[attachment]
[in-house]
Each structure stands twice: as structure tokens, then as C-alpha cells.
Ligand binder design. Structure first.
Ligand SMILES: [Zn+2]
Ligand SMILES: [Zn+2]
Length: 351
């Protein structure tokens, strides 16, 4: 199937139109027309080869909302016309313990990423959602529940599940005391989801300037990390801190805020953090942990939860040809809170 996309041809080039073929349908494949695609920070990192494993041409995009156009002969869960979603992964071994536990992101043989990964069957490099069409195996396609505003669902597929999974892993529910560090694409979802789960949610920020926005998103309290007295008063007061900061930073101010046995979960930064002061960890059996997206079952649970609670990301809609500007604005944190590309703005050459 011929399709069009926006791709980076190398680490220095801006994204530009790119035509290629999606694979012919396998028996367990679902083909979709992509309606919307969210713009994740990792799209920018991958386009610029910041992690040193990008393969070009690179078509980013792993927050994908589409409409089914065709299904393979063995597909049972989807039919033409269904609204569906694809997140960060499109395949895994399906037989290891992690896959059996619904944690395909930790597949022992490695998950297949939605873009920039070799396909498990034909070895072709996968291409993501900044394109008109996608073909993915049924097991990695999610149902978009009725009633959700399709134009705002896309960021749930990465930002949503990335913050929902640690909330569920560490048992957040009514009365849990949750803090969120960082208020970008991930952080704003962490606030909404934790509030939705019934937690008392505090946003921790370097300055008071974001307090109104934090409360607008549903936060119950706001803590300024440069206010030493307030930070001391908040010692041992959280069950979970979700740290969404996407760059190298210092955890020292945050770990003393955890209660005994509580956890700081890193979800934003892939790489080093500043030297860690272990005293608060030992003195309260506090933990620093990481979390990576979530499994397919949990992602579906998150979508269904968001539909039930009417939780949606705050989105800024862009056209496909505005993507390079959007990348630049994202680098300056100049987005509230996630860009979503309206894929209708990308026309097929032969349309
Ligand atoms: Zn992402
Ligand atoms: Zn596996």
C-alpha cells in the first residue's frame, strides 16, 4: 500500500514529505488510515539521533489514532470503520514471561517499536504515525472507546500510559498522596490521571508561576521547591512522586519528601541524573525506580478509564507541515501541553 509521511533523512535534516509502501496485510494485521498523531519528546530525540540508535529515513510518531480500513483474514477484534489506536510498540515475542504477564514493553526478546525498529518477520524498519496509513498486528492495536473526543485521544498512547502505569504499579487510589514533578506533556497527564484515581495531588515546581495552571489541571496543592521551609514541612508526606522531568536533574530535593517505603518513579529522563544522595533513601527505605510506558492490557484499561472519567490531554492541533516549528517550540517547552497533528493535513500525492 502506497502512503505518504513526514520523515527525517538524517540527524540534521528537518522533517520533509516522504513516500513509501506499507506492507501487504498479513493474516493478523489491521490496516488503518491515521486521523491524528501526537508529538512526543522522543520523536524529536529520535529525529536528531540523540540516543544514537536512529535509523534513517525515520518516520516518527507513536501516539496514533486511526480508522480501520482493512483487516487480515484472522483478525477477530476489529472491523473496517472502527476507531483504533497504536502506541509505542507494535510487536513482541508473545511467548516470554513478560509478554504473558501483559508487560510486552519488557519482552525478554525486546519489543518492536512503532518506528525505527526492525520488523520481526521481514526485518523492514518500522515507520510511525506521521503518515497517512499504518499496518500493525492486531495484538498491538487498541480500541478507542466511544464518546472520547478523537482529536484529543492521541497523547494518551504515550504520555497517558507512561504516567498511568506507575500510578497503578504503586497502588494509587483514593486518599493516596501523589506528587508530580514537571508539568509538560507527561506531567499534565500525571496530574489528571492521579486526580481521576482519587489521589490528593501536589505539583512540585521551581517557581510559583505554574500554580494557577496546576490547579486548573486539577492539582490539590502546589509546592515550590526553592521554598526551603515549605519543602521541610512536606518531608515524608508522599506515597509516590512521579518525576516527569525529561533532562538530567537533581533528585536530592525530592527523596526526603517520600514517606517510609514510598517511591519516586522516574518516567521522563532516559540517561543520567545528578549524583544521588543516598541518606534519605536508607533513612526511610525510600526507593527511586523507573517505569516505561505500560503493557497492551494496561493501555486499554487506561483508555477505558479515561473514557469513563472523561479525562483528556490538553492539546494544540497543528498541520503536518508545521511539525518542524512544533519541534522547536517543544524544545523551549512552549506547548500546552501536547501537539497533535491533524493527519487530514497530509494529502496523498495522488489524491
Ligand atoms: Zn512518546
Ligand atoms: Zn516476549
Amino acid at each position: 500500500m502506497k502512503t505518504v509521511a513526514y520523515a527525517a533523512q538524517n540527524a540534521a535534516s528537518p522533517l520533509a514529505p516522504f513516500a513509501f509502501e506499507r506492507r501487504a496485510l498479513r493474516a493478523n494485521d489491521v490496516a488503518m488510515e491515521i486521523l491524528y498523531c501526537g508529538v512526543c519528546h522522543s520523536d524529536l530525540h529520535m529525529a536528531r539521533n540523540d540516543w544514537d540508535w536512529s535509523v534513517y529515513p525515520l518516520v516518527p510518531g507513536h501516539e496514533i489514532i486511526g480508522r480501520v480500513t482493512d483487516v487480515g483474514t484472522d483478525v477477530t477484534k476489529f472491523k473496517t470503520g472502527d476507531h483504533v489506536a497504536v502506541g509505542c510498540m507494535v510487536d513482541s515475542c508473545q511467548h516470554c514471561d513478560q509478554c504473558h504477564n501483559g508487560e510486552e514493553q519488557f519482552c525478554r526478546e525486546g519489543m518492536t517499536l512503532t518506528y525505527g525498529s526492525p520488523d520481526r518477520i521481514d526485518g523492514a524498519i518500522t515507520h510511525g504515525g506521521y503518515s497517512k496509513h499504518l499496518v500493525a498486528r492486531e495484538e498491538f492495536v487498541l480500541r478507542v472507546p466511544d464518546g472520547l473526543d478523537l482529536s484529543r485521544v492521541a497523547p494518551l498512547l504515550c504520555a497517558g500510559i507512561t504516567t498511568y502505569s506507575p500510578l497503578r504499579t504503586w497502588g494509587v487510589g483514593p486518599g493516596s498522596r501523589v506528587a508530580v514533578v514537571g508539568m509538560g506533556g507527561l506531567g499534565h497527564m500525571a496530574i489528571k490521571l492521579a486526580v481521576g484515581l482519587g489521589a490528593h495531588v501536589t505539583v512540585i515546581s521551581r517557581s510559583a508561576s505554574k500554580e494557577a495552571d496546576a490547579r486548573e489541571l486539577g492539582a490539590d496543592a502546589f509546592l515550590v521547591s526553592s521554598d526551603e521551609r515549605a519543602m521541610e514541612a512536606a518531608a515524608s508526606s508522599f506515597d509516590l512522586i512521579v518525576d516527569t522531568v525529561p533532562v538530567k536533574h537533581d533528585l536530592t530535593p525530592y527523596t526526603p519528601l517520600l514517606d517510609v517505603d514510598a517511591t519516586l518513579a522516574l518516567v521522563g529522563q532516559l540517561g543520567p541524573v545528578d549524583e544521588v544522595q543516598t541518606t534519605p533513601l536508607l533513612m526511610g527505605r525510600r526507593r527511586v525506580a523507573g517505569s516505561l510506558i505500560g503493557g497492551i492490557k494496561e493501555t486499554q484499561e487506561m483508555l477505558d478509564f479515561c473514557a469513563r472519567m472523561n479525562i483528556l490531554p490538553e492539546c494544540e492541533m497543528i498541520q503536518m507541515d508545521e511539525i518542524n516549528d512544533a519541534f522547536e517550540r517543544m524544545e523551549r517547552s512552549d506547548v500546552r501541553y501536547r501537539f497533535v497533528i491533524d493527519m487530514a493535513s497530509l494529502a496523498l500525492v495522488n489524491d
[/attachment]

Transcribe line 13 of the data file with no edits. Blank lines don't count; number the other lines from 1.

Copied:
Amino acid at each position: 500500500m502506497k502512503t505518504v509521511a513526514y520523515a527525517a533523512q538524517n540527524a540534521a535534516s528537518p522533517l520533509a514529505p516522504f513516500a513509501f509502501e506499507r506492507r501487504a496485510l498479513r493474516a493478523n494485521d489491521v490496516a488503518m488510515e491515521i486521523l491524528y498523531c501526537g508529538v512526543c519528546h522522543s520523536d524529536l530525540h529520535m529525529a536528531r539521533n540523540d540516543w544514537d540508535w536512529s535509523v534513517y529515513p525515520l518516520v516518527p510518531g507513536h501516539e496514533i489514532i486511526g480508522r480501520v480500513t482493512d483487516v487480515g483474514t484472522d483478525v477477530t477484534k476489529f472491523k473496517t470503520g472502527d476507531h483504533v489506536a497504536v502506541g509505542c510498540m507494535v510487536d513482541s515475542c508473545q511467548h516470554c514471561d513478560q509478554c504473558h504477564n501483559g508487560e510486552e514493553q519488557f519482552c525478554r526478546e525486546g519489543m518492536t517499536l512503532t518506528y525505527g525498529s526492525p520488523d520481526r518477520i521481514d526485518g523492514a524498519i518500522t515507520h510511525g504515525g506521521y503518515s497517512k496509513h499504518l499496518v500493525a498486528r492486531e495484538e498491538f492495536v487498541l480500541r478507542v472507546p466511544d464518546g472520547l473526543d478523537l482529536s484529543r485521544v492521541a497523547p494518551l498512547l504515550c504520555a497517558g500510559i507512561t504516567t498511568y502505569s506507575p500510578l497503578r504499579t504503586w497502588g494509587v487510589g483514593p486518599g493516596s498522596r501523589v506528587a508530580v514533578v514537571g508539568m509538560g506533556g507527561l506531567g499534565h497527564m500525571a496530574i489528571k490521571l492521579a486526580v481521576g484515581l482519587g489521589a490528593h495531588v501536589t505539583v512540585i515546581s521551581r517557581s510559583a508561576s505554574k500554580e494557577a495552571d496546576a490547579r486548573e489541571l486539577g492539582a490539590d496543592a502546589f509546592l515550590v521547591s526553592s521554598d526551603e521551609r515549605a519543602m521541610e514541612a512536606a518531608a515524608s508526606s508522599f506515597d509516590l512522586i512521579v518525576d516527569t522531568v525529561p533532562v538530567k536533574h537533581d533528585l536530592t530535593p525530592y527523596t526526603p519528601l517520600l514517606d517510609v517505603d514510598a517511591t519516586l518513579a522516574l518516567v521522563g529522563q532516559l540517561g543520567p541524573v545528578d549524583e544521588v544522595q543516598t541518606t534519605p533513601l536508607l533513612m526511610g527505605r525510600r526507593r527511586v525506580a523507573g517505569s516505561l510506558i505500560g503493557g497492551i492490557k494496561e493501555t486499554q484499561e487506561m483508555l477505558d478509564f479515561c473514557a469513563r472519567m472523561n479525562i483528556l490531554p490538553e492539546c494544540e492541533m497543528i498541520q503536518m507541515d508545521e511539525i518542524n516549528d512544533a519541534f522547536e517550540r517543544m524544545e523551549r517547552s512552549d506547548v500546552r501541553y501536547r501537539f497533535v497533528i491533524d493527519m487530514a493535513s497530509l494529502a496523498l500525492v495522488n489524491d